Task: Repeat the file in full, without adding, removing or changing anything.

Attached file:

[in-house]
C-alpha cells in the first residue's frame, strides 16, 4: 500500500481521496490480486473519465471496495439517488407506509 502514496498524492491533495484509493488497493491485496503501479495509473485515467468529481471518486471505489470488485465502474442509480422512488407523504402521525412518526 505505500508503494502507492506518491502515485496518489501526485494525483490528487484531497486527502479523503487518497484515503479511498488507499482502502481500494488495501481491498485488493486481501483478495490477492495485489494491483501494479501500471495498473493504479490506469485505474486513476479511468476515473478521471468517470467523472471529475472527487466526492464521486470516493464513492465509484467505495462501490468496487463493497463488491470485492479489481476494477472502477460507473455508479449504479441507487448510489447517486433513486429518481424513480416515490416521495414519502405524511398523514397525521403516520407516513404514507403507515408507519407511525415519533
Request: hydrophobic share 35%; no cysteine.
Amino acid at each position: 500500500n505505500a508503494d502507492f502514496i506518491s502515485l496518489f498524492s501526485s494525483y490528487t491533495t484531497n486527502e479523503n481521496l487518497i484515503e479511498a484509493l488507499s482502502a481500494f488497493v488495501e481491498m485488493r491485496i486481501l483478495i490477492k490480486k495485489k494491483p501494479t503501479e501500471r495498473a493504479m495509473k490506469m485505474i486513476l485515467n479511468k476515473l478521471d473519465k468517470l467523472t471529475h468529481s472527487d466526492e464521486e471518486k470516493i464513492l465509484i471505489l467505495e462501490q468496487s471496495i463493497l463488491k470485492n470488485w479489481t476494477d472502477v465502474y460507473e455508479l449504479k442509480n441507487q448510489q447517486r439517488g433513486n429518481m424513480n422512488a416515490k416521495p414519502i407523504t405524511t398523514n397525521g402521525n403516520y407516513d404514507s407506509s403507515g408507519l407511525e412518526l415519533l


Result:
[in-house]
C-alpha cells in the first residue's frame, strides 16, 4: 500500500481521496490480486473519465471496495439517488407506509 502514496498524492491533495484509493488497493491485496503501479495509473485515467468529481471518486471505489470488485465502474442509480422512488407523504402521525412518526 505505500508503494502507492506518491502515485496518489501526485494525483490528487484531497486527502479523503487518497484515503479511498488507499482502502481500494488495501481491498485488493486481501483478495490477492495485489494491483501494479501500471495498473493504479490506469485505474486513476479511468476515473478521471468517470467523472471529475472527487466526492464521486470516493464513492465509484467505495462501490468496487463493497463488491470485492479489481476494477472502477460507473455508479449504479441507487448510489447517486433513486429518481424513480416515490416521495414519502405524511398523514397525521403516520407516513404514507403507515408507519407511525415519533
Request: hydrophobic share 35%; no cysteine.
Amino acid at each position: 500500500n505505500a508503494d502507492f502514496i506518491s502515485l496518489f498524492s501526485s494525483y490528487t491533495t484531497n486527502e479523503n481521496l487518497i484515503e479511498a484509493l488507499s482502502a481500494f488497493v488495501e481491498m485488493r491485496i486481501l483478495i490477492k490480486k495485489k494491483p501494479t503501479e501500471r495498473a493504479m495509473k490506469m485505474i486513476l485515467n479511468k476515473l478521471d473519465k468517470l467523472t471529475h468529481s472527487d466526492e464521486e471518486k470516493i464513492l465509484i471505489l467505495e462501490q468496487s471496495i463493497l463488491k470485492n470488485w479489481t476494477d472502477v465502474y460507473e455508479l449504479k442509480n441507487q448510489q447517486r439517488g433513486n429518481m424513480n422512488a416515490k416521495p414519502i407523504t405524511t398523514n397525521g402521525n403516520y407516513d404514507s407506509s403507515g408507519l407511525e412518526l415519533l